Why are state and federal (IRS) entities different?

Researching the topic, you may have noticed that the entity types your home state recognizes and the entity types the IRS recognizes are different. 

The IRS recognizes four types of entity. We can call these tax entities:

  • Sole proprietorships
  • Partnerships
  • C corporations
  • S corporations

However, the State of California (for example) lets you choose between five entity types. We can call these legal entities:

  • Sole proprietorship
  • Limited liability company (LLC)
  • Limited partnership (LP)
  • General partnership (GP) 
  • Limited liability partnership (LLP)
  • Corporation (including a “professional corporation”)

Confused yet? That’s okay—looking at these lists, it seems like the IRS and the State of California are operating on totally different wavelengths. But the two systems work together. Here’s how.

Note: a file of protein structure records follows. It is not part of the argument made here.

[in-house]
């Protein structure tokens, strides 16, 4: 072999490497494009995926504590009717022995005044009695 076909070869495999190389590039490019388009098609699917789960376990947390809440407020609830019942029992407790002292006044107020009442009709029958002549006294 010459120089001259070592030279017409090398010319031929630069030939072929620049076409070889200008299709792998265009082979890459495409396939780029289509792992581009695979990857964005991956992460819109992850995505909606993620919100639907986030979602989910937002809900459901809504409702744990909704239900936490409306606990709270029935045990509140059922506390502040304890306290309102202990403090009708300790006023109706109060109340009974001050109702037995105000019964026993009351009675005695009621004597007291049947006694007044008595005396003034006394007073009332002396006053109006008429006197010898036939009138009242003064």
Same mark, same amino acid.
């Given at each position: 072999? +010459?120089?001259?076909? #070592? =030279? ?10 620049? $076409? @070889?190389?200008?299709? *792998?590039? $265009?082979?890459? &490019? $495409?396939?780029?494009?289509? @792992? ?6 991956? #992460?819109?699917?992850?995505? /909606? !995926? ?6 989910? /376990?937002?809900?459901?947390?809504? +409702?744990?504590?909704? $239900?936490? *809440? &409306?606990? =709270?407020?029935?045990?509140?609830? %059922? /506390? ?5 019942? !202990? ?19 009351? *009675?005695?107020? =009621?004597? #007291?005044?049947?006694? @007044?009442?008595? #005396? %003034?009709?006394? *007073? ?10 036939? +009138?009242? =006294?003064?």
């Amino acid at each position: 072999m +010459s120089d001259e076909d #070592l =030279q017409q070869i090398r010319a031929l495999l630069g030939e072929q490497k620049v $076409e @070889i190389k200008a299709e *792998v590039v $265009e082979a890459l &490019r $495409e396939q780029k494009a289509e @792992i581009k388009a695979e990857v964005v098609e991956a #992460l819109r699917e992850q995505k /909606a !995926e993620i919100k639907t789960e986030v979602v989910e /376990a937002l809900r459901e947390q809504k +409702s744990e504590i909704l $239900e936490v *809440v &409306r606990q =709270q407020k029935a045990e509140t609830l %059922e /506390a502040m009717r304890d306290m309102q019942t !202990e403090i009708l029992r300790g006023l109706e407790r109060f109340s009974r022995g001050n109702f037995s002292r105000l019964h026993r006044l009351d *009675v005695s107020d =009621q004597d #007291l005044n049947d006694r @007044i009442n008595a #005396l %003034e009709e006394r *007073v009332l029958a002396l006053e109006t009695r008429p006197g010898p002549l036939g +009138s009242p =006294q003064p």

(For now, don’t worry about what each entity type means—we’ll cover that below.)

If your business is based in California, no matter what entity you operate as on the state level (including LLC, LP, GP, etc.), you file your taxes as one of the four entities on the federal level (sole proprietorship, partnership, S corporation, C corporation).

For instance, an LLC in California (and in every other state) can elect to file its taxes with the IRS as either a C corporation or an S corporation. 

And whether you form a limited partnership, a general partnership, or a limited liability partnership in the State of California, you’ll file your taxes as a partnership with the IRS.

The reason for the difference